On March 18, 2020, President Trump signed the Families First Coronavirus Response Act into law and most portions of this new law go into effect 14 days from that date. Here are perhaps the 2 most significant parts of this new law, applicable to most employers with fewer than 500 employees (and certain covered public sector employees):
- Emergency Family Leave: Eligible employees, those who have been employed at least 30 days, will be able to take up to 12 weeks of job-protected leave due to an inability to work (or telework) so as to care for a minor (under 18 years of age) child if the child’s school or place of child care is closed or unavailable due to a public health emergency. The first 10 days of leave can be unpaid, but the employer must provide paid leave for the remaining 10 weeks of leave, paid at two-thirds of the employee’s regular rate. This leave will be available to employees at present through the end of 2020. Employers may not require employees to use other paid leave prior to using paid sick time.
Importantly, this part of the law (but not the below “other part”) will likely exempt businesses having fewer than 50 employees, but those regulations are not yet final.
- Emergency Sick Leave: All employees are immediately eligible (as of 14 days from now) for paid sick leave due to any of the following reasons:
- the employee is subject to a governmental quarantine order for COVID-19;
- the employee has been advised by a health care provider to self-quarantine for COVID-19 concerns;
- the employee is experiencing symptoms of COVID-19 and is seeking a medical diagnosis;
- the employee is caring for someone who is subject to a governmental quarantine order or who has been advised by a health care provider to self-quarantine, for COVID-19 concerns;
- the employee is caring for a child whose school or child care center has been closed due to COVID-19;
- the employee is experiencing any other substantially similar conditions specified by the US Secretary of Health and Human Services.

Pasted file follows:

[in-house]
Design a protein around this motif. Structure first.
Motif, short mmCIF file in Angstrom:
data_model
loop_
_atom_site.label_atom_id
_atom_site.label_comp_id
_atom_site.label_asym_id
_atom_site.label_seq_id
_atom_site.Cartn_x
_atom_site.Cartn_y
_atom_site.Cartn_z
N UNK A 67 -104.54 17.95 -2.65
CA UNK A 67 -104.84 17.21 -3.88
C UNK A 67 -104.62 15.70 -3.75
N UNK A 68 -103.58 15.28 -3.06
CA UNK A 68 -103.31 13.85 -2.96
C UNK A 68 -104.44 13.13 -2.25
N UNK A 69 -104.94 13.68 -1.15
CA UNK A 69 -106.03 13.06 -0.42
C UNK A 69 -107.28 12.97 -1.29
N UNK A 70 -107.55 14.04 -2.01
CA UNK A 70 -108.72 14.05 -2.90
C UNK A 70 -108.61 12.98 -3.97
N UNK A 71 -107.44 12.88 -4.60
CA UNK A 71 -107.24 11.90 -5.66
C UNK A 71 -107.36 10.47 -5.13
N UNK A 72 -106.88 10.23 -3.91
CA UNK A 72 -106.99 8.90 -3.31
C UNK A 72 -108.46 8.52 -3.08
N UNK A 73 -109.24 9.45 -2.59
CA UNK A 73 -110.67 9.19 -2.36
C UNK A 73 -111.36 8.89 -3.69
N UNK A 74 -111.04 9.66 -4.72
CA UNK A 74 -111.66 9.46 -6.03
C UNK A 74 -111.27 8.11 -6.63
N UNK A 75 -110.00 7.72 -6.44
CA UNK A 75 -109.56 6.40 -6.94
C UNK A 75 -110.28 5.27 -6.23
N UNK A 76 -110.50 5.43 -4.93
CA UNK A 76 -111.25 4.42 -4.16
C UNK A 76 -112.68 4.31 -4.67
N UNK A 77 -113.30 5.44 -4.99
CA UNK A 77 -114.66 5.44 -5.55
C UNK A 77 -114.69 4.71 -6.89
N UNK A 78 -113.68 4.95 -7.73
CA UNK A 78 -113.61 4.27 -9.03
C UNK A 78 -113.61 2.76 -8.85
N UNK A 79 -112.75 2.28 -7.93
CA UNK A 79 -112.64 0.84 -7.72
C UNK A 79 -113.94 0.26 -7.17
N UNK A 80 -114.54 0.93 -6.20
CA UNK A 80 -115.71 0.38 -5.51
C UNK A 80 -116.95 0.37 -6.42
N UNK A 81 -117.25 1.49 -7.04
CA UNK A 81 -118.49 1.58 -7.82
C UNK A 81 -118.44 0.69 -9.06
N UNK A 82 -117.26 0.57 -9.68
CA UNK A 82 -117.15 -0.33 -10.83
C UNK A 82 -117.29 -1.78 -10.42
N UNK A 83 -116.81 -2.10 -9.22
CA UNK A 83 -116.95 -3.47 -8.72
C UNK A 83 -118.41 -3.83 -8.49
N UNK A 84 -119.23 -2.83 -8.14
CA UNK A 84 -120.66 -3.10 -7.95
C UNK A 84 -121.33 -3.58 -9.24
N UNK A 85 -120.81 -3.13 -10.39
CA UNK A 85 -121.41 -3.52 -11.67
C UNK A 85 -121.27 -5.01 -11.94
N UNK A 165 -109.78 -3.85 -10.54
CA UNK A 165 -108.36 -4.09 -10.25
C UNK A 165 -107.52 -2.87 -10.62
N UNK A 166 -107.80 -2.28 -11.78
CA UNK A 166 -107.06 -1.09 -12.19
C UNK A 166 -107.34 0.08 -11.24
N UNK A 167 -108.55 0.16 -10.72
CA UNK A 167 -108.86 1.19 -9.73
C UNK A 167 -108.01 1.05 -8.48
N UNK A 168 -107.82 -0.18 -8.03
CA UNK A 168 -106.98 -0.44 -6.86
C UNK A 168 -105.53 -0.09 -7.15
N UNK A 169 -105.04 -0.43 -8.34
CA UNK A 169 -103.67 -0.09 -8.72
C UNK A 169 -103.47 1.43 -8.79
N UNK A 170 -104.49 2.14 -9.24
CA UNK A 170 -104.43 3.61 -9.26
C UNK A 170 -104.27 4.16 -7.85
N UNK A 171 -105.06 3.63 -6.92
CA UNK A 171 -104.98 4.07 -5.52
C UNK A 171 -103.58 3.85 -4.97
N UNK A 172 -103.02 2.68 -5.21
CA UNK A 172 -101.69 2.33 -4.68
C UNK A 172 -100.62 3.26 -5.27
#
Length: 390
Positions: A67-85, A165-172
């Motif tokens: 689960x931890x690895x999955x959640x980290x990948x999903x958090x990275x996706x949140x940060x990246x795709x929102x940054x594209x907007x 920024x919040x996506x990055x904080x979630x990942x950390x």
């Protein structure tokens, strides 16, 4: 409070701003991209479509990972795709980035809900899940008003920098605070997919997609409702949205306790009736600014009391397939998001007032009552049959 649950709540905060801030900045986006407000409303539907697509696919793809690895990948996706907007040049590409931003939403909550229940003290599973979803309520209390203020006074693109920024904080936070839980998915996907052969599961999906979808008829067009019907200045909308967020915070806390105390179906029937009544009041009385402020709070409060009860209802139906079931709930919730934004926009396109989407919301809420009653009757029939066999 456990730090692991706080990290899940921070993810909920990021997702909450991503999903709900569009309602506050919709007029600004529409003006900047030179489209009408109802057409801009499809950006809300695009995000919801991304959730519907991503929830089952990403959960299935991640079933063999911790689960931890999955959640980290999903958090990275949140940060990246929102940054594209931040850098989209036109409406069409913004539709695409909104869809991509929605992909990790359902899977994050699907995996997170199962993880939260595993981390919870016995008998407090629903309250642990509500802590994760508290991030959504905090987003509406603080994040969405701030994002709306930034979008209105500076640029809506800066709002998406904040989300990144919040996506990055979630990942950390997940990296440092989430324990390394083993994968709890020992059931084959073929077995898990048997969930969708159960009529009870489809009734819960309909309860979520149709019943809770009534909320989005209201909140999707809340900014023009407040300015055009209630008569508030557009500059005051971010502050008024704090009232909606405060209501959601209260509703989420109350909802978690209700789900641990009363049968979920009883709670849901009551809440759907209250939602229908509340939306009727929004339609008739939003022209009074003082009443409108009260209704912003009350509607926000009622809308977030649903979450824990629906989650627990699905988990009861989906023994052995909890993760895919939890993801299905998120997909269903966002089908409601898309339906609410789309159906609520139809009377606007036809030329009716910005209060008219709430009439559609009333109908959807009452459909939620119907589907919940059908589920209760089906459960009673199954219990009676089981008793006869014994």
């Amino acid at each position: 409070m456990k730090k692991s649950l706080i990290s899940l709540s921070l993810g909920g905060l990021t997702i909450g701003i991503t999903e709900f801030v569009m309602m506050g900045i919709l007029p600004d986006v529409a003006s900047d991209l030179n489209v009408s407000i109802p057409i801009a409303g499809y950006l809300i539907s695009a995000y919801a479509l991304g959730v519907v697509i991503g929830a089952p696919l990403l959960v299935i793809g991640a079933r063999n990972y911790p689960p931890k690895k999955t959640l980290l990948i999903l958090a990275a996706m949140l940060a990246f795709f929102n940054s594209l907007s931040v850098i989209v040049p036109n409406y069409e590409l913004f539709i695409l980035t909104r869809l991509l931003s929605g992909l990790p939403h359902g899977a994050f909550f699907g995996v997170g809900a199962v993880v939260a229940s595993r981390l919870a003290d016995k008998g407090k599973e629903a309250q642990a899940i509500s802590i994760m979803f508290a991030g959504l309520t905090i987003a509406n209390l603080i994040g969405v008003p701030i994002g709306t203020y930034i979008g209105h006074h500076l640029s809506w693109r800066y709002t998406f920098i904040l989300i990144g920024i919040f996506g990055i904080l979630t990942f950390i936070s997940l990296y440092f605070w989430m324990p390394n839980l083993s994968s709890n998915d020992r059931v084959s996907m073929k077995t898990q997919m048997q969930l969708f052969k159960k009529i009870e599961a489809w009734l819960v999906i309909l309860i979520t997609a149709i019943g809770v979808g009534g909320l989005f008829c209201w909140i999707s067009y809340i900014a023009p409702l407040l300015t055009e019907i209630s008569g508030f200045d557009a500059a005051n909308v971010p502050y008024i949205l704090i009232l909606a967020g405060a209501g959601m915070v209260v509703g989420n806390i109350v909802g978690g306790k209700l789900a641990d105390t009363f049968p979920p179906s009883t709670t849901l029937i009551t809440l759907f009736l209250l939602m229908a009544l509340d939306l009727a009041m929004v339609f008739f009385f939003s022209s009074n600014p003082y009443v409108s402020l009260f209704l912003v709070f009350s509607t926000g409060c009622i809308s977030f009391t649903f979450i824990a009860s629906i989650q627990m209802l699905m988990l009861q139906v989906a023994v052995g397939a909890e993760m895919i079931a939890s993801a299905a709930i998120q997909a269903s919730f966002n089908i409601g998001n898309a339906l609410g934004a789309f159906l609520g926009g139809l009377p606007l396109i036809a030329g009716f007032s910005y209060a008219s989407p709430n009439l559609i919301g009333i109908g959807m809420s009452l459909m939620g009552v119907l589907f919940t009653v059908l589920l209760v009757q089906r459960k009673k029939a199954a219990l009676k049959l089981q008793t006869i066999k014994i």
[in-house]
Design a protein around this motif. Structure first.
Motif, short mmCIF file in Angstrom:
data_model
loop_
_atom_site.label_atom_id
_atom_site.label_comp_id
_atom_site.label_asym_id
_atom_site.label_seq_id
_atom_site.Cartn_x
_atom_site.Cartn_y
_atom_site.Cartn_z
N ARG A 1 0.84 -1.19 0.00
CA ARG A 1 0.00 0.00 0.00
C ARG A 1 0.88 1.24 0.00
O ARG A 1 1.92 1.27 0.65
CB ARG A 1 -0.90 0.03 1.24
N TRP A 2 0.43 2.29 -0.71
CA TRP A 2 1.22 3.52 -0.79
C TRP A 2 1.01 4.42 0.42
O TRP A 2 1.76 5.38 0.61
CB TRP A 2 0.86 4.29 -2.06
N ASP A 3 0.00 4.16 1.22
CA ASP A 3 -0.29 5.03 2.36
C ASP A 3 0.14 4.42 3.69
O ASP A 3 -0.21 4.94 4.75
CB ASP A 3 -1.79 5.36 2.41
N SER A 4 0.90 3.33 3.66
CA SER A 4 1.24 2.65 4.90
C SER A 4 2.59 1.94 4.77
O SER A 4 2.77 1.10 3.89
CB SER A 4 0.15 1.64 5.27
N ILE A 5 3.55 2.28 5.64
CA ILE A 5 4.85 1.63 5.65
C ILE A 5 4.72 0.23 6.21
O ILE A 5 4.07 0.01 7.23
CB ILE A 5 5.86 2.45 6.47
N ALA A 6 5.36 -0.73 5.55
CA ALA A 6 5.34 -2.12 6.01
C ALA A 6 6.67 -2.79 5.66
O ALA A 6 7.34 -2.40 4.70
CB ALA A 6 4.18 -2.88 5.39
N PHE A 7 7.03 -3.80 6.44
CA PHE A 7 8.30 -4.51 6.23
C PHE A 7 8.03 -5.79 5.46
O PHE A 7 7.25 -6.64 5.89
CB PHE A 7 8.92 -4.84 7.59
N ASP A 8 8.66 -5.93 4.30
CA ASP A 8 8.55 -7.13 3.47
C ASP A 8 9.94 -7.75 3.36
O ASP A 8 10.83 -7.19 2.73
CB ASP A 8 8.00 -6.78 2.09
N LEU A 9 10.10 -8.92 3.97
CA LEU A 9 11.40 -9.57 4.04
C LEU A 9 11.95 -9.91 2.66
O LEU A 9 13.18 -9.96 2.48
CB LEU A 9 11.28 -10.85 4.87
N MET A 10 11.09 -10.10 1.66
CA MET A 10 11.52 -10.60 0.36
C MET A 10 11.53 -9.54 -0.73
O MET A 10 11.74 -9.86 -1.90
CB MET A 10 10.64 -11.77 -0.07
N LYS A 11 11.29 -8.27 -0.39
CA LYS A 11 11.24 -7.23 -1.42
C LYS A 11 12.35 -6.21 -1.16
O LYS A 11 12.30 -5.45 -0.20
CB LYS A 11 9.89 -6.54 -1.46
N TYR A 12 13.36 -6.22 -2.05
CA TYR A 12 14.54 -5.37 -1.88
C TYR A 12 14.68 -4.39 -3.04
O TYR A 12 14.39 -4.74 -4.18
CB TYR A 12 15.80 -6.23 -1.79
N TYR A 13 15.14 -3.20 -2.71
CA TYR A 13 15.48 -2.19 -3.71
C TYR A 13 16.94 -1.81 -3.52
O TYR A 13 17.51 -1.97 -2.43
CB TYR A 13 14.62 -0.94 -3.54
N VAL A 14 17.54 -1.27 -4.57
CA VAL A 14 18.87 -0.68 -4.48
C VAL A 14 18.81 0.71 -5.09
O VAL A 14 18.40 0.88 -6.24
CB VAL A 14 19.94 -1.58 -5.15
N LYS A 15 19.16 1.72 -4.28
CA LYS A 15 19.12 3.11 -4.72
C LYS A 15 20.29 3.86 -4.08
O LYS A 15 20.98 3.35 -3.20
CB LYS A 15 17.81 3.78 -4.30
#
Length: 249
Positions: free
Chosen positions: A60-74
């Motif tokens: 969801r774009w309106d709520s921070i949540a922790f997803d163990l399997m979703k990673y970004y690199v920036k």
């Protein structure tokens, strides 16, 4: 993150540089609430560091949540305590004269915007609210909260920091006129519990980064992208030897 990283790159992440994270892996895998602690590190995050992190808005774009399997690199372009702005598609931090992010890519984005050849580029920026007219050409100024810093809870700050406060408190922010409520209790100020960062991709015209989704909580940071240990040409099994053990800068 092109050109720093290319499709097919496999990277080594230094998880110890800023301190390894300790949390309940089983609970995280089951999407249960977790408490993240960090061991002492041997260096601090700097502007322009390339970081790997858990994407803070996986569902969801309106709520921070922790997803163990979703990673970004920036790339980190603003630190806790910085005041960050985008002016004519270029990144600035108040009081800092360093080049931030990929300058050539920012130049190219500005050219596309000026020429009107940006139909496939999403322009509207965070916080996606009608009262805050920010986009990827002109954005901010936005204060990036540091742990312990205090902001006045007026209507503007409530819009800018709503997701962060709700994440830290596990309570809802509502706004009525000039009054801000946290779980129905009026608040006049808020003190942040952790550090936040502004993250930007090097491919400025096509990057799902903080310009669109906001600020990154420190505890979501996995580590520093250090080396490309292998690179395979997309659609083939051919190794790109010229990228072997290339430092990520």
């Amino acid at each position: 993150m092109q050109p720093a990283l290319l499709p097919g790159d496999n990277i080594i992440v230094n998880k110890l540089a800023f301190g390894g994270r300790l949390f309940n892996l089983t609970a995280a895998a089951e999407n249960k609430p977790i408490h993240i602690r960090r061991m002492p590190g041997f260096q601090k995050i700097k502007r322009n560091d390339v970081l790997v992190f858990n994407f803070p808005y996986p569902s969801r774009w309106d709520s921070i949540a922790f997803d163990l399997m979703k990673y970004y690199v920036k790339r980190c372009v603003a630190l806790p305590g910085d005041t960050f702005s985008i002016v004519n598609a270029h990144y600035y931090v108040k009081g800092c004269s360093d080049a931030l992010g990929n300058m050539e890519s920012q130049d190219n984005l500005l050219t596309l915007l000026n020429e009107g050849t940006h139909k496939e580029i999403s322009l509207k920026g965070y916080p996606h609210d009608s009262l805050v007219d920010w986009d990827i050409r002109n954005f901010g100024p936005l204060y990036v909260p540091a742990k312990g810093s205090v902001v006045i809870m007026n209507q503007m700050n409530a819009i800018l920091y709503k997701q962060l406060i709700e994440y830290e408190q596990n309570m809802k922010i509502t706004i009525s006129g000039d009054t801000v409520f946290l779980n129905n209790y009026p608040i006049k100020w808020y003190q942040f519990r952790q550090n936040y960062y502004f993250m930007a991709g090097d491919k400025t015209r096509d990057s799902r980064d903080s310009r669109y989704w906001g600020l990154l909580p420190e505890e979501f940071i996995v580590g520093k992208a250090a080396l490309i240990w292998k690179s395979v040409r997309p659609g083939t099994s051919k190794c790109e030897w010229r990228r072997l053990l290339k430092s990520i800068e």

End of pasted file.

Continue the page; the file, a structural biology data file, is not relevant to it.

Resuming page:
Full-time employees are eligible for 80 hours of leave and part-time employees are eligible for their average hours worked in a two week period. This leave must be paid at the employee’s full “regular rate” (as defined by labor laws) if the reason is i) through iii) above and at 2/3 of the regular rate if the reason is iv) through vi) above. This leave presently will be available to employees through December 31, 2020. Paid sick time does not carry over from one calendar year to the next, and employers are not required to pay out unused time at an employee’s termination.
The paid leave provided by this law is in addition to any paid leave your company already provides. It cannot be combined with your current leave policies and your current leave policies cannot be revised after the passage of the law to avoid these additional leave obligations. However, once the reason for the leave ends, so does this new leave entitlement.
If the reason for paid sick leave is i) through iii) above, the employee need not be paid more than $511/day or $5,110 total; if the reason is one of iv) through vi) then the employee does not need to be paid more than $200 per day, or $2000 total. If the employee does not have set hours, then paid sick leave is based on that person’s average number of hours over the 6-month period prior to his/her using this leave.
Certain employed healthcare providers may be excluded from these new provisions, but that will apply as clarifying regulations are issued by the US Department of Labor.
Very importantly too, the new law includes significant tax credits against current employer social security taxes paid to offset these new cost to companies. For each dollar of paid leave under the new law paid in a calendar quarter, companies can take a credit against social security taxes paid in that same quarter. If your company pays more in paid leave than social security taxes, you will receive a refund check from the government for the overage.
The above is only a current and brief summary. Changes etc may still take place, including as noted above.